When a judge in Italy ruled Monday that seven experts were guilty of manslaughter for having failed to adequately warn citizens in the city of Aquila of a major earthquake, the verdict was met in the courtroom by stunned silence. Internationally, it was greeted with outrage. Scientists claimed that science itself was on trial. Columnists compared the conviction, in which each man was sentenced to six years in prison, to the persecution of Galileo. In Italy, on Tuesday, the head of the country’s disaster management agency resigned in protest. But whatever one thinks of the judgment–and there are more reasons than not to be concerned–the greatest danger may lie elsewhere: that anger over the verdict will distract from the very real lessons the case has to offer.
At issue is a meeting of the seven defendants, then members of a board called the National Commission for the Forecast and Prevention of Major Risks, in Aquila on March 31, 2009. Small tremors had been rocking the area for months, light shocks that rattled buildings and sent frightened citizens into the streets. To make matters worse, a local resident who wasn’t a scientist was using an unproved method of earthquake prediction, analyzing concentrations of radon gas to forecast the time and place of tremors. His findings–which proved unfounded–were being picked up by the local media, adding to the sense of panic.
It was into this environment that the Italian government called the seven defendants, top men in their field, to a rare meeting outside of Rome. It was to all appearances more of a publicity move than a real scientific evaluation. Later, the Italian Daily La Repubblica would publish a wiretap transcript in which top government official can be heard describing the meeting as a “media operation.” We want “to calm down the public,” he says, speaking the day before the gathering. “And instead of you and me…we’ll have the top scientists in the field of seismology talking.”
After the meeting, the government official on the commission gave a statement to the media. “The scientific community tells me there is no danger, because there is an ongoing discharge of energy,” he said. “The situation looks favorable.” Six days later, the city was struck by a magnitude 6.3 earthquake. The shaking was felt in Rome, a two-hour drive away. Aquila’s historic city center–one of Italy’s largest–was devastated. More than 300 people were killed. Another 1,600 were injured. Thousands were left homeless. “They calmed the public by saying there was no danger when it wasn’t true,” says Antonio Moretti, a seismologist at the University of L’Aquila, who lost his house in the quake. “It’s not that they didn’t predict the earthquake. It’s that they said something they shouldn’t have.”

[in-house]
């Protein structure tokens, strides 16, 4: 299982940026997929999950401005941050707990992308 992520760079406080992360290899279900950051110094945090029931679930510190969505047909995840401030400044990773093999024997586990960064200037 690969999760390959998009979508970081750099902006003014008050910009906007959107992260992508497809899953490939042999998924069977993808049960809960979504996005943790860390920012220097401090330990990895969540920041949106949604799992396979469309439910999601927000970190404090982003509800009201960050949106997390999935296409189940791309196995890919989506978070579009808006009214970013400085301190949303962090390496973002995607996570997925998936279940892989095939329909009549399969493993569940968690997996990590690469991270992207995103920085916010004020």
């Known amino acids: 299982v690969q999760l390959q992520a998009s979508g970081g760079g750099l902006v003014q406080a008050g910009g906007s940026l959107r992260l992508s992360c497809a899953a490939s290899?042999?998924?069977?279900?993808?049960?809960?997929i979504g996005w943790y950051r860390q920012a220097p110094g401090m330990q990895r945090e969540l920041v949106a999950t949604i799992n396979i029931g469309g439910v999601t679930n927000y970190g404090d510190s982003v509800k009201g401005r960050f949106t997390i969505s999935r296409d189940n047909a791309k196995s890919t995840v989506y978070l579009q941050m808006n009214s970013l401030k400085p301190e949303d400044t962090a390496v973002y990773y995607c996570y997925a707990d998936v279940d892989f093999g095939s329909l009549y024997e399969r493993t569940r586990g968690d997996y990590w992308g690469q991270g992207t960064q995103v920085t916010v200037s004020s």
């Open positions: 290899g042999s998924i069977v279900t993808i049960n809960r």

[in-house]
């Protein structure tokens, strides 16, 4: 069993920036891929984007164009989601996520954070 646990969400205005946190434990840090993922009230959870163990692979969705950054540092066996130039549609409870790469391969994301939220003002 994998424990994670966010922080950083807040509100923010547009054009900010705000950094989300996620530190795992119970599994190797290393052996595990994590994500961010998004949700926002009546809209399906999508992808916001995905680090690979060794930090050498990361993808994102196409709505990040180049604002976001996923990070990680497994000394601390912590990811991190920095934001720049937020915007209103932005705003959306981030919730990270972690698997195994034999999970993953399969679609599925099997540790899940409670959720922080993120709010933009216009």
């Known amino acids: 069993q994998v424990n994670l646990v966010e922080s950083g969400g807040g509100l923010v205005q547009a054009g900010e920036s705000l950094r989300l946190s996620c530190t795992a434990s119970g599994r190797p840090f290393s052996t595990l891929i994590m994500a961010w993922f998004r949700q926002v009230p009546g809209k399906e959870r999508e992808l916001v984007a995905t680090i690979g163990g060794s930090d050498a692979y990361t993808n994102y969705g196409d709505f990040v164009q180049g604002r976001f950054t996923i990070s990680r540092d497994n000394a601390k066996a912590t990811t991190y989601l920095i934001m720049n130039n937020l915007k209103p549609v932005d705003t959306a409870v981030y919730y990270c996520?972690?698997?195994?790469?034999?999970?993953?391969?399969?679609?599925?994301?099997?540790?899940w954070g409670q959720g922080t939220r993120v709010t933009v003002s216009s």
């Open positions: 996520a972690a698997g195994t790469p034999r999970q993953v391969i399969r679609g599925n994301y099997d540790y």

Indeed, what the government official had told the press turned out to be completely wrong. The discharge of energy isn’t a sign of decreased risk. It’s an alarm bell. In normal times, the statistical risk of a major earthquake in a given week along a fault-line like that in Aquila is something like one in 100,000, according to Thomas Jordan, director of the Southern California Earthquake Center at the University of Southern California and the author of a report on the Aquila quake commissioned by the Italian government. But when the ground starts to shake frequently, as it did before the major tremor struck, the chance soars that a disaster is on its way.
(PHOTOS: Deadly Earthquake Rocks Italy)
Had the scientists in Aquila consulted statistical earthquake models–not a common practice at the time in Italy or elsewhere–they would have found that the risk of a major quake that week had risen to somewhere around a 1% chance or possibly a couple of percentage points higher. Had that figure been properly communicated, it’s a fair bet that many residents of Aquila might have left their homes. After all, few people would board an airplane, for instance, if they knew they had a 1-in-100 chance of not arriving safely. “Italian custom is that if you feel an earthquake, people will self-evacuate for about 48 hours,” says Jordan.
For now, the seven defendants are not headed to jail. “In Italy, a first conviction is seen as provisionary,” says Markus Wiget, an expert in Italian penal law. Nearly all major cases are appealed and as many as half see the sentences overturned or modified during the process. The defendants, will however, be liable for some $10 million in damages. “It’s taken for granted that we will appeal,”" says Francesco Petrelli, the defense lawyer for one of the accused. Adds Jordan: “The government was biasing its comments to be on the reassuring side to counter the inflammatory predictions that were being made. But I don’t see the fingerprints of the scientists on that.”
In the meantime, the question is whether Italy, and indeed the rest of the world, will begin to learn from the mistakes in Aquila, encouraging residents and communities in earthquake zones to tune up their building codes and evacuation plans. Jordan’s report, which recommends that governments work to provide citizens with clear information on the probability of a major earthquake, has been translated into several languages, including Japanese and Chinese. “The report has been making a big impact worldwide,” says Jordan. “I’m optimistic that the coverage that this trial is getting will help motivate people to make some important changes.”